A few days later I had a bleed and rang the hospital. “Is this your first pregnancy? Well, don’t panic. Just pop down for a check up.” For 4 hours I sat in a room with an intern waiting for an obstetrician. Finally she arrived and I was checked. No blood pressure check. I was sent home as nothing was wrong. A few days later the same thing happened again when I was in the city. I rang the hospital and they said the same thing. “Is this your first baby?” It made me feel like I was dumb. She said “take it easy, it’s probably just the baby moving.” So I thought “well, they know what they’re saying,” and I took it easy for the rest of the day. I was having such bad heart burn and pains below my chest it was hard to sleep at night. Sally was giving me Bowen’s treatment which I found great. We had organised that she was going to be there for the birth.

I had taken on another job so was working 2 casual jobs to keep busy. There was a month there when I felt really good. The vomiting had stopped and I felt like I was pregnant for once. I had not put on much weight up until about 30 weeks when I had a midwife appointment. My blood pressure was high and they kept me in hospital for monitoring. After they gave us frozen sandwiches for tea and I had some bed rest I was released around 1am.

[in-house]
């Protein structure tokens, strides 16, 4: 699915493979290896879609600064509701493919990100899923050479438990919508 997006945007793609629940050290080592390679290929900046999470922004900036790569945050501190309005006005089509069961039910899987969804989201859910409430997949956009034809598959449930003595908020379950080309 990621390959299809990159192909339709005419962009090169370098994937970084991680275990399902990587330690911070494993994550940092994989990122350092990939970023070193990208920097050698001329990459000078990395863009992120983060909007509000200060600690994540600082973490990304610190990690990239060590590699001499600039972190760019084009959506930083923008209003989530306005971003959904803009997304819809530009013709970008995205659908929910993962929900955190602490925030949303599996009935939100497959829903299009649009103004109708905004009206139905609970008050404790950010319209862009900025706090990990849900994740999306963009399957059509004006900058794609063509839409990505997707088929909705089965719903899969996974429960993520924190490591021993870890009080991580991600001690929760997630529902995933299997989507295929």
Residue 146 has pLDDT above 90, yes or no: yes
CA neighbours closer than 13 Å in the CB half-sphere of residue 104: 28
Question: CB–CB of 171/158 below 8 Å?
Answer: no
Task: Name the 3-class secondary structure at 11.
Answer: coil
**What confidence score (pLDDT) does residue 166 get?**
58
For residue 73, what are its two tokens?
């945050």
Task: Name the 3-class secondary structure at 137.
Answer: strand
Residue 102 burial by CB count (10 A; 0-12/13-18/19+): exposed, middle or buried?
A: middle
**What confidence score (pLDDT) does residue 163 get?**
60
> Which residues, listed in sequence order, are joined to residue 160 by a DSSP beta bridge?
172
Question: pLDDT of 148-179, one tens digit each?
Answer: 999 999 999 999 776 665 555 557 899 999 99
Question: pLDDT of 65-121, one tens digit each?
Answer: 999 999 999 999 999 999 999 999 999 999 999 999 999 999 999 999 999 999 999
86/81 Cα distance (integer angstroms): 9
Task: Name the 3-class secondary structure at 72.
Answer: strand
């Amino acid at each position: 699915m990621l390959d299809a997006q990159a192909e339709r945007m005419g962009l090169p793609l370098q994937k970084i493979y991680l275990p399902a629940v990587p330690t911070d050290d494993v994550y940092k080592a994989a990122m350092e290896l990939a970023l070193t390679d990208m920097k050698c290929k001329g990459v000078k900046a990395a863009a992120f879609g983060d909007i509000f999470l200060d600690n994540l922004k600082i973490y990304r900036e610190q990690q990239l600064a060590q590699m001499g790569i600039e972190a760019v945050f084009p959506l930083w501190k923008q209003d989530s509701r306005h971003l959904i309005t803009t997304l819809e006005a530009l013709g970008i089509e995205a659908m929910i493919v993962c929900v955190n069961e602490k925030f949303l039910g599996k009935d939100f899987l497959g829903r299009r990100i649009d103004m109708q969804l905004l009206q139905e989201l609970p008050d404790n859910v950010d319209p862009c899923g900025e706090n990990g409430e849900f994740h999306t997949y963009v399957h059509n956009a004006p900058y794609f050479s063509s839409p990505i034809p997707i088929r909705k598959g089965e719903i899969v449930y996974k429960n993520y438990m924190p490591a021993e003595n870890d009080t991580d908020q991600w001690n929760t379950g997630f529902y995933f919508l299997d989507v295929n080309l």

Then it hit. The vomiting started up again, day and night, heart burn all the time and I seemed to have grown out of my shoes. When I finished work at nights, I’d take my shoes off and my feet and hands were all swollen. I thought it was from being on my feet working too much. At 32 weeks we decided to go and buy new shoes on a Thursday night. We had to go to the midwife appointment first at the hospital. I had a male midwife and he was asking all these questions that I hadn’t been asked before. My blood pressure was high, my protein was +2, and I had swelling in my hands and feet. Next minute I knew I wasn’t leaving to go shopping. They had rang an ambulance to transfer me to a bigger hospital as I was now classed as a high risk patient. The thing I couldn’t work out was “what’s going on?” I just wanted a natural birth – with no drugs. I then realised I hadn’t even packed a bag for the hospital yet. I still couldn’t figure out why they wouldn’t let me go home to do that!! I had also been weighed and was shocked when they told me my weight. In a few weeks I had put on over 10kgs. eliza